New York, NY –
While debate continues over what will be built at Ground Zero, work has started this week on the construction of a new Memorial park the size of a city block in the historic Wall St neighborhood. It is dedicated to the 67 British victims who died on Sept 11th. Judith Kampfner reports from the ground breaking ceremony.
REPORTER: Adrian Benepe, Commissioner of Parks and Recreation, is used to wielding a shovel but today he’s flanked by a long haired British Earl and women in large hats. He is reading from a Dylan Thomas poem about nature’s healing power.
REPORTER: The three quarters of an acre site will be torn apart from the paving stones upwards. There will be no standard Parks Department fixtures because every element from benches to lamps will be made by craftsmen incorporating British materials.
BENEPE: It is a rather undistinguished space right now and it will become one of the most spectacular parks in the city when it is done. There is no park anywhere in the city which has this level of talent working on its design.
REPORTER: Stonemason Simon Verity will interlock 240 paving flagstones which will become the base of this British Memorial Garden. He’ll weave two colors of stone have been brought from the wilds of Scotland, to create a poetic representation of the map of the British Isles.
REPORTER: Verity’s workshop is at the side of St John the Divine Cathedral. For ten years, he worked on stone blocks around the main church door. For the British garden he has is hand carving inscriptions of each of the 95 counties of England. The lettering is wild and the background designs convey his ideas about the landscape.Wavy wheatfields, flamboyant curlicues and wild hedgerows.
VERITY: People would say to me.. don’t you get bored carving out this word “ shire” and I say no, each of these is a different shire.”
VERITY: As I’m chiseling, I’m thinking of the letter form I’m carving and the extraordinary country I’m from.
REPORTER: His hundreds of thousands of hammer blows will mark the hardwearing flagstone for years to come.
VERITY: If you put a lot of feeling and energy into it, that will come out.
REPORTER: A winding snake of water will splash over the stones down the natural slope of the site of the British Memorial Garden. It’s a modern variant of a curving Welsh stream called a rill. The landscape architects who were chosen to lay out the garden have just worked on a formal design for Prince Charles’ estate. But here they have let their imagination run wild. Topiary sculptures up to sixteen feet high will have whimsical shapes - like ice cream cones and chess figures – Alice in wonderland style. The garden will be anchored by a sculpture from Britain’s celebrated artist Anish Kapoor. Called “Unity”, it’s a shiny black granite monolith symbolizing Anglo American friendship.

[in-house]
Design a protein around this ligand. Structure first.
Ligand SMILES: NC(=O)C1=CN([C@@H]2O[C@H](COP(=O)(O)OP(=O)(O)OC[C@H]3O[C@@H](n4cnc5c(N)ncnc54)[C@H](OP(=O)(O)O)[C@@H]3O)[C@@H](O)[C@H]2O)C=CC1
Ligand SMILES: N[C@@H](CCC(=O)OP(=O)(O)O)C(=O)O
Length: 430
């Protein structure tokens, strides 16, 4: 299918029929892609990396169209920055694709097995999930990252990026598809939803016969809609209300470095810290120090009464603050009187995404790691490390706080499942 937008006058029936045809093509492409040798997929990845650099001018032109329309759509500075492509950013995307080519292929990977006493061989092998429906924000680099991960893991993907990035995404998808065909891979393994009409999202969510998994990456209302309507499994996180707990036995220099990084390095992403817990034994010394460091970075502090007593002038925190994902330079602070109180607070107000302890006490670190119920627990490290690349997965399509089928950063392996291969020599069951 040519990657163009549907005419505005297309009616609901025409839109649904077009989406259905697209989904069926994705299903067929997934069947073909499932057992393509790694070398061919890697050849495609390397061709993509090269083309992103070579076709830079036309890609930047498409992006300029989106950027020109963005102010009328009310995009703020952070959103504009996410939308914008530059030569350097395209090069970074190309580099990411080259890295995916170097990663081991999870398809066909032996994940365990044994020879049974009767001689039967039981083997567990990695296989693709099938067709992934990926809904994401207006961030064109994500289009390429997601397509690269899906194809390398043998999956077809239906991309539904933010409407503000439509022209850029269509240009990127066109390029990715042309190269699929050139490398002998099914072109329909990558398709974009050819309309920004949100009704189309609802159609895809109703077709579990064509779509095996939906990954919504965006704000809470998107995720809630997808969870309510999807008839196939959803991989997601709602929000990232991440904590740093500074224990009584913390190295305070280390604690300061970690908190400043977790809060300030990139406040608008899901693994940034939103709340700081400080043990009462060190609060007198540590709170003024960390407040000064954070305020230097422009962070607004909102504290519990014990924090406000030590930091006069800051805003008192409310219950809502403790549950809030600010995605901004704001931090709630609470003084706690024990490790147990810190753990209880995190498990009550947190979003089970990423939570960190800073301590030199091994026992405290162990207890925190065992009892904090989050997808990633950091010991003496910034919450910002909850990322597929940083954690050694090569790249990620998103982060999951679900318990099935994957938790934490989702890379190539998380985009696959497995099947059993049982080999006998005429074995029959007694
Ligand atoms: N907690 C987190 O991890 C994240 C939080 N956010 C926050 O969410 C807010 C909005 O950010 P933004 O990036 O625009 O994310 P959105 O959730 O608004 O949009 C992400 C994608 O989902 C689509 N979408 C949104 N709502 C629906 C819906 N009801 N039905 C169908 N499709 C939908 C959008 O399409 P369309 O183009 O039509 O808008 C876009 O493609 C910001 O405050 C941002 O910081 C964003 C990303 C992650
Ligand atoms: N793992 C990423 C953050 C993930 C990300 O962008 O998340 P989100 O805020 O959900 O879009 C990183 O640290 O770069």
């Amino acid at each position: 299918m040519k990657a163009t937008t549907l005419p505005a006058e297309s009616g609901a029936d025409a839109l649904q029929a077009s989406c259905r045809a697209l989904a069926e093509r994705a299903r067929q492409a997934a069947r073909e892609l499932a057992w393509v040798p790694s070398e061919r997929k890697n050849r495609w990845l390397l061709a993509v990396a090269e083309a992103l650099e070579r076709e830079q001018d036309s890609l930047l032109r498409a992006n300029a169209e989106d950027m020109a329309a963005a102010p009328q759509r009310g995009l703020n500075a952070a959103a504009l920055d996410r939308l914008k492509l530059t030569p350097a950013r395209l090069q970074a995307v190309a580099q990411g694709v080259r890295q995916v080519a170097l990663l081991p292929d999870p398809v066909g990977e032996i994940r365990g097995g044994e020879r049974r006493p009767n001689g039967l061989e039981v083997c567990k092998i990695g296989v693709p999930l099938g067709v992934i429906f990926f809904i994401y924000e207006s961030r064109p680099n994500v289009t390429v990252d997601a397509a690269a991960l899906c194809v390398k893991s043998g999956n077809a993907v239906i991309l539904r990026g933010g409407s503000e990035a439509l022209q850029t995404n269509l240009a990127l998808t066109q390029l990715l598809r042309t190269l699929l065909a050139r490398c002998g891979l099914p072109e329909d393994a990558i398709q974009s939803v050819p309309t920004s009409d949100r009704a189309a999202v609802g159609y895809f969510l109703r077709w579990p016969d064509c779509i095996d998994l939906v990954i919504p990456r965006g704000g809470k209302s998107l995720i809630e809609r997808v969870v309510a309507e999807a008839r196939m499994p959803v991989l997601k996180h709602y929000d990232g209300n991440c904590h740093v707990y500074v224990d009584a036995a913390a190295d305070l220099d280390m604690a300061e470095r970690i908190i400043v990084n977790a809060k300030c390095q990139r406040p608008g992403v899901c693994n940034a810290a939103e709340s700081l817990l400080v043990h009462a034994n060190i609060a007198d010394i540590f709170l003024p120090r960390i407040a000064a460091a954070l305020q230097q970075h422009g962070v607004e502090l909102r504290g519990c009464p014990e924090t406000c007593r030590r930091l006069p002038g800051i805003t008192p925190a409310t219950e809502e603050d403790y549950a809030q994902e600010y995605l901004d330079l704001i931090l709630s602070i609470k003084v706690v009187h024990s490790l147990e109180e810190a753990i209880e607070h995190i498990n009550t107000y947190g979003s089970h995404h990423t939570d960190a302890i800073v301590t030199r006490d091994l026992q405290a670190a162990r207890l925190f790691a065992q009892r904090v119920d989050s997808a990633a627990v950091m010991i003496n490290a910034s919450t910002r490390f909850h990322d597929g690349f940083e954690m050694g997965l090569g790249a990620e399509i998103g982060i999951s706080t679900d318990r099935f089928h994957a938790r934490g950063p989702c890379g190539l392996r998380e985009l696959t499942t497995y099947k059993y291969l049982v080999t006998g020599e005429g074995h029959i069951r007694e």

CAMILLA HELLMAN: Anish Kapoor won our competition for a sculpture
REPORTER:Camilla Hellman the driving force behind the garden says the artist has positioned it to reflect light coming in from the East river.
HELLMAN: It will be a hollowed out chamber reflecting light with a flame inside.
REPORTER: The inventiveness of the park can be seen also in fibre optic lights coming out from boxwood hedges and curving benches and plantings of simple as well as formal flowers. The color scheme is cool whites pinks blues and lavenders staying the same throughout the seasons.
HELLMAN: This garden is tradition but with edge, we’re quirky in Britain, we’re eccentric. There’s an eccentricity to this and a personality.
REPORTER: Although this is a memorial garden, there’ll be no explicit reference to the World trade bombing but Simon Verity has carved 67 different finials - decorative fence tops - as a tribute to the 67 Britons who died. One supporter of the garden is Charles Wolf. His wife who was a native of Wales, worked on the 97th floor of Tower One. He said he was thrilled that the park had design integrity. But from his own perspective -
Wolf: It should have had names, but delicately done, not in your face – names and what county they came from but in a situation like this, I leave it to the designers because they have done such a good job. But it’s very personal to me. I have no grave for my wife.
REPORTER: Wolf said he would come down to watch the design take shape and see the garden grow. It’s a gift he said from the Ango American community to New York. The British Memorial Garden is tucked away in area with British roots – aptly called Hanover Square in 1714 after King George 1. Walk down Wall St, take a right on Water St and you’ll come upon it. This oasis in the canyons of financial highrises will officially open next summer.